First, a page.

President Donald Trump is considering former New Jersey Gov. Chris Christie and Florida Attorney General Pam Bondi to replace fired Attorney General Jeff Sessions, sources familiar with the matter said.
Trump fired Sessions on Wednesday without immediately naming a replacement, instead installing Sessions' chief of staff Matthew Whitaker as acting attorney general. Both Christie and Bondi are longtime political allies of the President's and were initially considered contenders for the Justice Department perch during the transition.
Labor Secretary Alexander Acosta also is under consideration, according to a senior Senate Republican aide and a source familiar with the process.
Given Trump's long-standing frustrations with Sessions, other potential contenders have cropped up in Trump-friendly circles in recent months, including Whitaker, Solicitor General Noel Francisco, Rep. John Ratcliffe, R-Texas, former Judge John Michael Luttig, Judge Edith Jones, former Judge Janice Rogers Brown, retiring Rep. Trey Gowdy, R-South Carolina, and Sen. Lindsey Graham, R-South Carolina.
If nominated, Christie, a former US attorney, could face similar calls to the ones Sessions faced to recuse himself from special counsel Robert Mueller's investigation given his role as a prominent 2016 campaign surrogate for Trump. But unlike Sessions, there is no indication he had contacts with Russian officials during the 2016 campaign or transition.
Christie attended a previously scheduled law enforcement roundtable on prison reform efforts at the White House on Thursday morning, an administration official and source familiar with the meeting said.
Christie then met privately with the President's son-in-law and senior adviser Jared Kushner to further discuss prison reform issues, an administration official who works on the prison reform effort said.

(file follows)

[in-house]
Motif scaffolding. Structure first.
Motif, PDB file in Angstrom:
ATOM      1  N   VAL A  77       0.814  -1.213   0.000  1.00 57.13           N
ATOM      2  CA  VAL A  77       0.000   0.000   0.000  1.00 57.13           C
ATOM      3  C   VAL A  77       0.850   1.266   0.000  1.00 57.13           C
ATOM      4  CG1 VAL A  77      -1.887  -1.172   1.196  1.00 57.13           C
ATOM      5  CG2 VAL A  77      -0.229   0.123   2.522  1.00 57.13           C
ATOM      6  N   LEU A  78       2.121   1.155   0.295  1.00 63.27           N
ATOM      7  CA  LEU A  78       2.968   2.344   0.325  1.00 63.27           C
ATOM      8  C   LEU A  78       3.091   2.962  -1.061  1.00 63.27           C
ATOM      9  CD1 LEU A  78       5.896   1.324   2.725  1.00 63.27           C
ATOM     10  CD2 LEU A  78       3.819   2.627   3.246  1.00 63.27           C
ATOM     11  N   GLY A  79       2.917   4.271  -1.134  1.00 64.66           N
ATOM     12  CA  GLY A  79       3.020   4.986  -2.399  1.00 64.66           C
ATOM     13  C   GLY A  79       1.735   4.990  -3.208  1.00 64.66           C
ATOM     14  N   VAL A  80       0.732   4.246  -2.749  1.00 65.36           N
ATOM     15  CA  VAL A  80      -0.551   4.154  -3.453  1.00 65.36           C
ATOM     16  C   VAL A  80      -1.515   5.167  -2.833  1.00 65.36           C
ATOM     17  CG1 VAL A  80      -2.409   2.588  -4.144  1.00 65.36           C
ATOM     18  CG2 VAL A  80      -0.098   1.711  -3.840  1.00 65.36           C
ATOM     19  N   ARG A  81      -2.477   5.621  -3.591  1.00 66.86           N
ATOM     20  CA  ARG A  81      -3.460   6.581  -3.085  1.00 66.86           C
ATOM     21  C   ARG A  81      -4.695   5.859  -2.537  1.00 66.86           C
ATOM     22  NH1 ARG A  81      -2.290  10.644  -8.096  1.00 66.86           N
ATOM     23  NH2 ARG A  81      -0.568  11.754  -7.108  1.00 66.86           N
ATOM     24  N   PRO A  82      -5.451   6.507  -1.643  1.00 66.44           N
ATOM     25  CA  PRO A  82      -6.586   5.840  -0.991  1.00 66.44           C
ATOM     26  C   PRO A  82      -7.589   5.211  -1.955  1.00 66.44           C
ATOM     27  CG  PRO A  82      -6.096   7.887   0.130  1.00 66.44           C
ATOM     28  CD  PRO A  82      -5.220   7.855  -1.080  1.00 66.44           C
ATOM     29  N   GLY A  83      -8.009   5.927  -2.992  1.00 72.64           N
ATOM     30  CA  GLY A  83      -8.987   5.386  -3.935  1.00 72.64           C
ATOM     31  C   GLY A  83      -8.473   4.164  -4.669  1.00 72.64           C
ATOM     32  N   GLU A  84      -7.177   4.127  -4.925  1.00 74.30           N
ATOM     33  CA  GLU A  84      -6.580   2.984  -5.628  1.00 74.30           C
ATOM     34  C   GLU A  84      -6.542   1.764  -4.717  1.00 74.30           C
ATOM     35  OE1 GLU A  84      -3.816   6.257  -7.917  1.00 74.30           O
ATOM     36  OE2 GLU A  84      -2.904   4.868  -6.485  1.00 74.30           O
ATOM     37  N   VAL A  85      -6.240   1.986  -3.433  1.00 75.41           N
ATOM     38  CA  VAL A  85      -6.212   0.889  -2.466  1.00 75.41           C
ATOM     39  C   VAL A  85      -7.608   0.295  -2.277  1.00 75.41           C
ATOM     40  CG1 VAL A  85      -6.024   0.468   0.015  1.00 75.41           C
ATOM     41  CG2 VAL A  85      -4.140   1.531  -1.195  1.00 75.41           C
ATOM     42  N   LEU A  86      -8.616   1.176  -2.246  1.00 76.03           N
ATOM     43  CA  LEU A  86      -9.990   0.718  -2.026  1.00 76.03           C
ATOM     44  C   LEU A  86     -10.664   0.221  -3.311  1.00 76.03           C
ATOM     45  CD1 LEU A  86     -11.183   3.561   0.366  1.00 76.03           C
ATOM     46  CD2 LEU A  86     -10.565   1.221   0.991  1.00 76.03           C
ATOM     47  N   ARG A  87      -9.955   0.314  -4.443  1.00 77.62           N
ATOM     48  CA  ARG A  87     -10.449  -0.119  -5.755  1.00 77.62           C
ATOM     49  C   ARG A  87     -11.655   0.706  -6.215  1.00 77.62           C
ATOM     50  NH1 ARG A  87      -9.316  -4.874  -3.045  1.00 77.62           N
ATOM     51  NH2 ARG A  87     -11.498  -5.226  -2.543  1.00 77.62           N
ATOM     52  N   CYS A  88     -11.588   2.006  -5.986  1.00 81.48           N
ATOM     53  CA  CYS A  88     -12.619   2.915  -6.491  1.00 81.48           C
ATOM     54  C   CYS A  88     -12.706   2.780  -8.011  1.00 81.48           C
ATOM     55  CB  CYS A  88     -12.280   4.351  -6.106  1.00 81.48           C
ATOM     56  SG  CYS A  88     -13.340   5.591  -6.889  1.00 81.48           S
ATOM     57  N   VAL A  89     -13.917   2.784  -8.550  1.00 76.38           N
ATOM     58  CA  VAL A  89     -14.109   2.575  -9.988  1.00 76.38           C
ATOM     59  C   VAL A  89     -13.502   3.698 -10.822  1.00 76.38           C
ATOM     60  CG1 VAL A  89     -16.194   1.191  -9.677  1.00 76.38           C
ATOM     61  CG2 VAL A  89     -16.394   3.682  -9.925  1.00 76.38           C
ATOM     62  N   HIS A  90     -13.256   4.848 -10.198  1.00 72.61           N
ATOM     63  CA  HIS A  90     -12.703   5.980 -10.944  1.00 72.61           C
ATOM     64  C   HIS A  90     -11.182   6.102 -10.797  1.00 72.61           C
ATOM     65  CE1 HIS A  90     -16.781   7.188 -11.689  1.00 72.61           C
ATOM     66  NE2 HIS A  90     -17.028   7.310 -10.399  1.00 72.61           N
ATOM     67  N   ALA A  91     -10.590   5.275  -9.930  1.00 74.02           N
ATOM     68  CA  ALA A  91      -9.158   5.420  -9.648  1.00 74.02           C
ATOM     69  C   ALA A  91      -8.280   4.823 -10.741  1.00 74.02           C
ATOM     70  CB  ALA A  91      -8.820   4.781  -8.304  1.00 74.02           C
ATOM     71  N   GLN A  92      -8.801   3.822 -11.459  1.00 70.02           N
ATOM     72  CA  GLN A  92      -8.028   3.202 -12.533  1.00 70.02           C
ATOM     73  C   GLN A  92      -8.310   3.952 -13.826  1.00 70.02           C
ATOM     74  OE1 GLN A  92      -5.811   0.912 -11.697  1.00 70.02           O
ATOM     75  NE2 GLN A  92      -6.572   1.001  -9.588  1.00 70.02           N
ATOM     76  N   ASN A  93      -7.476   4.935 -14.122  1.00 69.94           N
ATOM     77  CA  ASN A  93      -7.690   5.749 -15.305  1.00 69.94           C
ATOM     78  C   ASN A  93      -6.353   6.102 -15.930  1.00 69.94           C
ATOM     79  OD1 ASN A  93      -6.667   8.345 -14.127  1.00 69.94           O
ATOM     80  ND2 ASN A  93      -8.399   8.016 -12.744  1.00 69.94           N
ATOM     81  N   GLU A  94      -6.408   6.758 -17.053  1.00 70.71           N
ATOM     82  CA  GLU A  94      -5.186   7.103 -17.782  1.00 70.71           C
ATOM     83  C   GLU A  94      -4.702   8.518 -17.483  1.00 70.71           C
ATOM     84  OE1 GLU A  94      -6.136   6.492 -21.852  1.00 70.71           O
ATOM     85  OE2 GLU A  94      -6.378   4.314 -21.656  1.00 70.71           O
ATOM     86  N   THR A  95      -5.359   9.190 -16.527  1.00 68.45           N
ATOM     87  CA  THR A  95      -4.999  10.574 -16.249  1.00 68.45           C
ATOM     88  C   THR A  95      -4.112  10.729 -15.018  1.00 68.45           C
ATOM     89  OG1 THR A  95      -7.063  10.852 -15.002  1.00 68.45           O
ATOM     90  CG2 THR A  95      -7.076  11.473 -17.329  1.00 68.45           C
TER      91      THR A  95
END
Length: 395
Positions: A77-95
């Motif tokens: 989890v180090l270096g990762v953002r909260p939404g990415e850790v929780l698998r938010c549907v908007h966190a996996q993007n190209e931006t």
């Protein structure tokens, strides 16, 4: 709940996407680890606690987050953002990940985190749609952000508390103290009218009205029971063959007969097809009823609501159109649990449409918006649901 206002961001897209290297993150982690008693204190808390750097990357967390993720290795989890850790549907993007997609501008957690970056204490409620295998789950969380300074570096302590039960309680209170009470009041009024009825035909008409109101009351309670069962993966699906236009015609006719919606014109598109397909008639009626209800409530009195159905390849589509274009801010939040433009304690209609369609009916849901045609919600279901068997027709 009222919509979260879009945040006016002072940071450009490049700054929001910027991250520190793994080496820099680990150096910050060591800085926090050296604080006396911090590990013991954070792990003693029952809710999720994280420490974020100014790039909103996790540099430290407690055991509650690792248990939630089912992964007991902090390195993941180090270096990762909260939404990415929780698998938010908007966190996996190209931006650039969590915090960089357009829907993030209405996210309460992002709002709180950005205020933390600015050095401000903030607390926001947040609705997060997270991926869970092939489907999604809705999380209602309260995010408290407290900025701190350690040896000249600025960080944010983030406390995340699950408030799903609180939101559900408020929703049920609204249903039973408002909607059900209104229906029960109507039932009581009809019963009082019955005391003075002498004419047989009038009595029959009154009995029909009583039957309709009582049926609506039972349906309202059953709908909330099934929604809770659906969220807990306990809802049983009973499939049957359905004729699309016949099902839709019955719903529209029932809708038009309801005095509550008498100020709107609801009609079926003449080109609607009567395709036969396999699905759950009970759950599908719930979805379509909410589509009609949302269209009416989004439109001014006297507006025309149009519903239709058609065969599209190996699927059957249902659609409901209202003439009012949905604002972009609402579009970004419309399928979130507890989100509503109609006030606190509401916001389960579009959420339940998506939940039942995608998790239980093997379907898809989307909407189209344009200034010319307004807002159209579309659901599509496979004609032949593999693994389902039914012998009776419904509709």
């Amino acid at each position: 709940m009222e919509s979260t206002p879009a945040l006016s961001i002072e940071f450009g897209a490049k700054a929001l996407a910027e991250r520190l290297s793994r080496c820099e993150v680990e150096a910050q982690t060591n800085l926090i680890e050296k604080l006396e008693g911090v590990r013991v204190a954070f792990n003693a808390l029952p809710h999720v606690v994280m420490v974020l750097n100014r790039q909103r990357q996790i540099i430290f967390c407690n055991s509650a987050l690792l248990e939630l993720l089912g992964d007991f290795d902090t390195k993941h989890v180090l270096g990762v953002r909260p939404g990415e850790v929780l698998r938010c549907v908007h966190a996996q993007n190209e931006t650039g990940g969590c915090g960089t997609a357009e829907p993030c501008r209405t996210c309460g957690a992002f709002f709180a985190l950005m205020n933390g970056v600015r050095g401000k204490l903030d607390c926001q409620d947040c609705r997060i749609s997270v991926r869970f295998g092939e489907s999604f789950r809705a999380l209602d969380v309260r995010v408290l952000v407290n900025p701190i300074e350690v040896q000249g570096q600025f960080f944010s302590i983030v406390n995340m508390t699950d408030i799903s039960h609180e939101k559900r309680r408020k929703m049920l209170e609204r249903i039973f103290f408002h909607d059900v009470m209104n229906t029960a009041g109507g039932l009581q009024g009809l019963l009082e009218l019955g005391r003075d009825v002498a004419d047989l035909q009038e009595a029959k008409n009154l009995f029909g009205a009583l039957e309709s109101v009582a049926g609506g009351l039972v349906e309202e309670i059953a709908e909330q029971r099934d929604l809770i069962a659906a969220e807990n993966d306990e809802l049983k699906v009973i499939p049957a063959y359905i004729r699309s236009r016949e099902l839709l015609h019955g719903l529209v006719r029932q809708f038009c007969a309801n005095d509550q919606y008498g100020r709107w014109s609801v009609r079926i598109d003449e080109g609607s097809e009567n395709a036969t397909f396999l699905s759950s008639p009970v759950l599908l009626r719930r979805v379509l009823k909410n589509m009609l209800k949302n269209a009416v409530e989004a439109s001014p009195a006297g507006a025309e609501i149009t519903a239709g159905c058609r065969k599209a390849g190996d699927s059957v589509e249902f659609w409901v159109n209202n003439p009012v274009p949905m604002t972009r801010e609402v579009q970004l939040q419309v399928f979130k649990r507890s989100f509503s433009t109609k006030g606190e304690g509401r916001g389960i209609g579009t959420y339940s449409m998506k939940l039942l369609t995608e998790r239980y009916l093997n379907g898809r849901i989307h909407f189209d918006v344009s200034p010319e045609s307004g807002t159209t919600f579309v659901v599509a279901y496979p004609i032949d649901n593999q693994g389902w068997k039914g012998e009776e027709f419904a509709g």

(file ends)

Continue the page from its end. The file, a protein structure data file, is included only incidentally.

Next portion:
Kushner and Christie have long been reported to have bad blood stemming from Christie's role as US attorney in prosecuting Kushner's father on 18 counts of tax evasion, witness tampering and illegal campaign donations.
But the administration official said Kushner and Christie have a good relationship.
"They've been working really closely on this for months," the administration official said. "Despite the fact that people have suggested otherwise, the two have a really close and good working relationship, particularly as it relates to prison reform."
The official did not believe Christie met with Trump on Thursday.
Prison reform has been a key agenda item for Kushner and Christie would likely be an important ally in that effort were he to be tapped for attorney general.
While Christie has been a friend of Trump's since before the 2016 campaign, the former New Jersey governor has been critical of Trump's handling of the Mueller investigation and instead praised Mueller amid the President's public criticism of the special counsel.
"I've told him (Trump) many times that there's no way to make an investigation like this shorter, but there's lots of ways to make it longer, and he's executed on a number of those ways to make it longer," Christie said in May at the University of Chicago, while calling Mueller "an honest ... hard-working guy."